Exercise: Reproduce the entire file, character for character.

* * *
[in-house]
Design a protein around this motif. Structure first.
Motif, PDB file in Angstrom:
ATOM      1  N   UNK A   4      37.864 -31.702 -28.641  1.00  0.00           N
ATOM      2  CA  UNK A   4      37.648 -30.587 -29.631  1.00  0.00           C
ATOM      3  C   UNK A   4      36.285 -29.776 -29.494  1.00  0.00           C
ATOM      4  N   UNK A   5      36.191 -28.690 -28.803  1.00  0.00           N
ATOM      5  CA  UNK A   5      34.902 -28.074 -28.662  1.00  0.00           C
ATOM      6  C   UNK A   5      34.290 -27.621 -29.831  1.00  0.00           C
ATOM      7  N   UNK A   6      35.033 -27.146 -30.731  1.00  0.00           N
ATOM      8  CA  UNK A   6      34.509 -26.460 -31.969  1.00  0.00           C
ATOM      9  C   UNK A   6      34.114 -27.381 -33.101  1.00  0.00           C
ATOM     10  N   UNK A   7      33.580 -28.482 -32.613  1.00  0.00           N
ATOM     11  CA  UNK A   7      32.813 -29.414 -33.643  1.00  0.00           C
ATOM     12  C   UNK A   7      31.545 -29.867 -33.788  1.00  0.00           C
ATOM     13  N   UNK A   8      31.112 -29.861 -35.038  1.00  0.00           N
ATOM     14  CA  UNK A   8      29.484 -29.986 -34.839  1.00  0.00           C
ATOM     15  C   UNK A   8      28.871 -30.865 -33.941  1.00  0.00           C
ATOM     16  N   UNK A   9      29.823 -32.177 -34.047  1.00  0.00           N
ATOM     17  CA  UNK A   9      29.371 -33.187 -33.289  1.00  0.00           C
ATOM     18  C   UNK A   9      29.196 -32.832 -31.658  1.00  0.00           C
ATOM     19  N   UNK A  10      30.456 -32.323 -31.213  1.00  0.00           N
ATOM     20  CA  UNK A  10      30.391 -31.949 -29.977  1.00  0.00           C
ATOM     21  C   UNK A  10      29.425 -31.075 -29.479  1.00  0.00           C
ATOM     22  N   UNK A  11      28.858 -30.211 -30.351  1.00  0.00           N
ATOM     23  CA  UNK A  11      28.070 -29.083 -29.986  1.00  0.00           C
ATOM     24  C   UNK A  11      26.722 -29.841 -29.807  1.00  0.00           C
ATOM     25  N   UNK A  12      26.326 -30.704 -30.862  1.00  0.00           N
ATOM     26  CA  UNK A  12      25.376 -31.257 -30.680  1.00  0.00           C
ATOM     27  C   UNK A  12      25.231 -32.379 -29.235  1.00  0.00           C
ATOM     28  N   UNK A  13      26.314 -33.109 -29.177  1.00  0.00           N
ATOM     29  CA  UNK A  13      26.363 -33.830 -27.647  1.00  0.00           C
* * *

[in-house]
Design a protein around this motif. Structure first.
Motif, PDB file in Angstrom:
ATOM      1  N   UNK A   4      37.864 -31.702 -28.641  1.00  0.00           N
ATOM      2  CA  UNK A   4      37.648 -30.587 -29.631  1.00  0.00           C
ATOM      3  C   UNK A   4      36.285 -29.776 -29.494  1.00  0.00           C
ATOM      4  N   UNK A   5      36.191 -28.690 -28.803  1.00  0.00           N
ATOM      5  CA  UNK A   5      34.902 -28.074 -28.662  1.00  0.00           C
ATOM      6  C   UNK A   5      34.290 -27.621 -29.831  1.00  0.00           C
ATOM      7  N   UNK A   6      35.033 -27.146 -30.731  1.00  0.00           N
ATOM      8  CA  UNK A   6      34.509 -26.460 -31.969  1.00  0.00           C
ATOM      9  C   UNK A   6      34.114 -27.381 -33.101  1.00  0.00           C
ATOM     10  N   UNK A   7      33.580 -28.482 -32.613  1.00  0.00           N
ATOM     11  CA  UNK A   7      32.813 -29.414 -33.643  1.00  0.00           C
ATOM     12  C   UNK A   7      31.545 -29.867 -33.788  1.00  0.00           C
ATOM     13  N   UNK A   8      31.112 -29.861 -35.038  1.00  0.00           N
ATOM     14  CA  UNK A   8      29.484 -29.986 -34.839  1.00  0.00           C
ATOM     15  C   UNK A   8      28.871 -30.865 -33.941  1.00  0.00           C
ATOM     16  N   UNK A   9      29.823 -32.177 -34.047  1.00  0.00           N
ATOM     17  CA  UNK A   9      29.371 -33.187 -33.289  1.00  0.00           C
ATOM     18  C   UNK A   9      29.196 -32.832 -31.658  1.00  0.00           C
ATOM     19  N   UNK A  10      30.456 -32.323 -31.213  1.00  0.00           N
ATOM     20  CA  UNK A  10      30.391 -31.949 -29.977  1.00  0.00           C
ATOM     21  C   UNK A  10      29.425 -31.075 -29.479  1.00  0.00           C
ATOM     22  N   UNK A  11      28.858 -30.211 -30.351  1.00  0.00           N
ATOM     23  CA  UNK A  11      28.070 -29.083 -29.986  1.00  0.00           C
ATOM     24  C   UNK A  11      26.722 -29.841 -29.807  1.00  0.00           C
ATOM     25  N   UNK A  12      26.326 -30.704 -30.862  1.00  0.00           N
ATOM     26  CA  UNK A  12      25.376 -31.257 -30.680  1.00  0.00           C
ATOM     27  C   UNK A  12      25.231 -32.379 -29.235  1.00  0.00           C
ATOM     28  N   UNK A  13      26.314 -33.109 -29.177  1.00  0.00           N
ATOM     29  CA  UNK A  13      26.363 -33.830 -27.647  1.00  0.00           C